Then, continuing on in a rumbling Italian, “For although the time set aside for confession has passed, a man of cloth will always have time for one of his flock.” It was the voice of an elder man. It was the voice of a priest. And judging fro the small bit that she could see of him, he either had short grey hair or was bald. “My daughter…”
“Emaline,” she broke in. “My name is Emaline.”
She could hear the smile in his voice when he spoke again. “Very well, Emaline. What is your trouble?”
She struggled a moment to call Italian to her mind. It was another language she had not spoken for many years. Haltingly, she began to speak. “I…I don’t quite know where to begin. I guess, in the end, it all comes down to whether or not I should do something. Someone I know seeks to have me take part in a task I do not wish to perform. But if I do not take part, there will be dire consequences to pay. I’m lost. Hopelessly lost. And I don’t know where to turn.” When she had finished speaking, there was silence for a moment. In that silence, she realized that at some point in her talking, she had lapsed back into Latin once more instead of the Italian she has been trying to speak.
Eventually, the priest spoke, “Emaline, if, in your heart, you know something is wrong, don’t do it. Follow your heart and your beliefs and you shall go far. Further than if you ventured out blindly following.”
She let out an unneeded breath. In her mind, a plan was already beginning to form. She knew what she had to do now. “Thank you, Father.”
“Thank you, Emaline. I hope to hear your voice speaking such master of the ancient language again one day.” She gave no answer to him though, for she had already departed the basilica with hardly a whisper in her wake.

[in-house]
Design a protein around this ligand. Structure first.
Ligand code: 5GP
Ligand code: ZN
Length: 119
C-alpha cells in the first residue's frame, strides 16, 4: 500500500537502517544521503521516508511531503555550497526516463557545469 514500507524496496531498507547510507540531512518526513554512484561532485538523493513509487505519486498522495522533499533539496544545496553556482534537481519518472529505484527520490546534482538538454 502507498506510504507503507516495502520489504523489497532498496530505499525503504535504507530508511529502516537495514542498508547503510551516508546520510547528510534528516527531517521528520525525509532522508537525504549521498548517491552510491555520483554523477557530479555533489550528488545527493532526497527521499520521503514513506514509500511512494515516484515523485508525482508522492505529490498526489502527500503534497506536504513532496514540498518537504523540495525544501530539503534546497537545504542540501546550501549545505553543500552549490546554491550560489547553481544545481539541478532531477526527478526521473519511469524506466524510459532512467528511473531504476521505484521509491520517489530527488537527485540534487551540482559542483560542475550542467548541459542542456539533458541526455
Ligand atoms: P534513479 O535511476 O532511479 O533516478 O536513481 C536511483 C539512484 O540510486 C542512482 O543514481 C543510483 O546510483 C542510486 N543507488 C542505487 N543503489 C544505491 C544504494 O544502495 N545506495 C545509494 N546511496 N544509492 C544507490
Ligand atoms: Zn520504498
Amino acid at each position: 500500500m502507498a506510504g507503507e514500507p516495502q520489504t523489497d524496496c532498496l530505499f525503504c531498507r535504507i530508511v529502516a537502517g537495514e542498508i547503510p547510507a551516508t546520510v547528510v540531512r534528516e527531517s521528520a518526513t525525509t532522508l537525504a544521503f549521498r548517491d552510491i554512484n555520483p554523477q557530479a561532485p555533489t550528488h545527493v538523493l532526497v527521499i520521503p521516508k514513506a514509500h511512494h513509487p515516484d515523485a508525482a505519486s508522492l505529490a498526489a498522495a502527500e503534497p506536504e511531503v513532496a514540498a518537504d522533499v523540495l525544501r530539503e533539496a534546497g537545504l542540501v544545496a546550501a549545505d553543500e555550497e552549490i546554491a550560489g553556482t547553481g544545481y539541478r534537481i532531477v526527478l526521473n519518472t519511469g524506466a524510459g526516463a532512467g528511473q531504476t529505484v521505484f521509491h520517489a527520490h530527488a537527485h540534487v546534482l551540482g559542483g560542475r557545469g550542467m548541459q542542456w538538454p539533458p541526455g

Entering into the main audience chamber of the Noctum Sect, Emaline saw that Bain was standing at the Lord of Night’s side. Good. That shall make this easier then, if there is a witness, she decided. Walking up to the throne, she dropped her coat and bowed to Alaric, ignoring the Prince of Stars completely. “My lord,” she began, “I wish to challenge the Prince of Stars in ritual comminus for his position. He has let his hatred of the Diu Sect to cloud his judgment and is no longer fit to hold such a position of authority.”<
“Why you filthy little—“
“Silence!” Alaric glared at them. “A challenge. Very well. I do not wish for any death on this day, however. Therefore, a fight to First Blood is called. Does this agree with the combatants?”
“Aye, it does,” Bain spat out. Emaline only nodded.
“Very well. Begin.”
Before Alaric could even finish the word, Bain was already rushing Emaline, pulling out his sword on the way to her. Slowly but surely, she stepped calmly out of his way, sticking her foot out to trip him. He did, but quickly recovered to hit her with the Sword of Stars. The flat of the blade connected with her hand, causing her to wince in pain, but no blood was drawn. Just as calmly as before, she grabbed his arm and twisted it about, causing him to drop the metal weapon to the stone floor. He howled in pain as she moved it back far enough to break with a sickening snap. Then, she let it go. The fractured arm hung at an odd angle by his side. It looked disgusting, even to one who had lived through the Black Plague. The sight made her want to vomit. But her body would no longer allow for such an event to happen
Still, the fight was not over.Without thinking, she dropped the sword, rolled to one side, pulled out her small gun and fired a single shot. It hit Bain square in the heart. He began to shudder and convulse violently, foaming at the mouth like a rabid dog. “You…you shot…shot me…Why?” he demanded to know.
“Because the leader of the Diu Sect is Kuroi Daikirai Diu, my brother. And I refuse to kill family.” She turned and walked away from him towards Alaric.
“What was that?” he whispered, amazed at seeing one of his own killed by what looked like a simple bullet.
“A silver case around a piece of wood. The silver shatters on impact, leaving the wood to penetrate the body,” she replied scornfully.
“But why shoot him?”
“Because I forgot my knife!”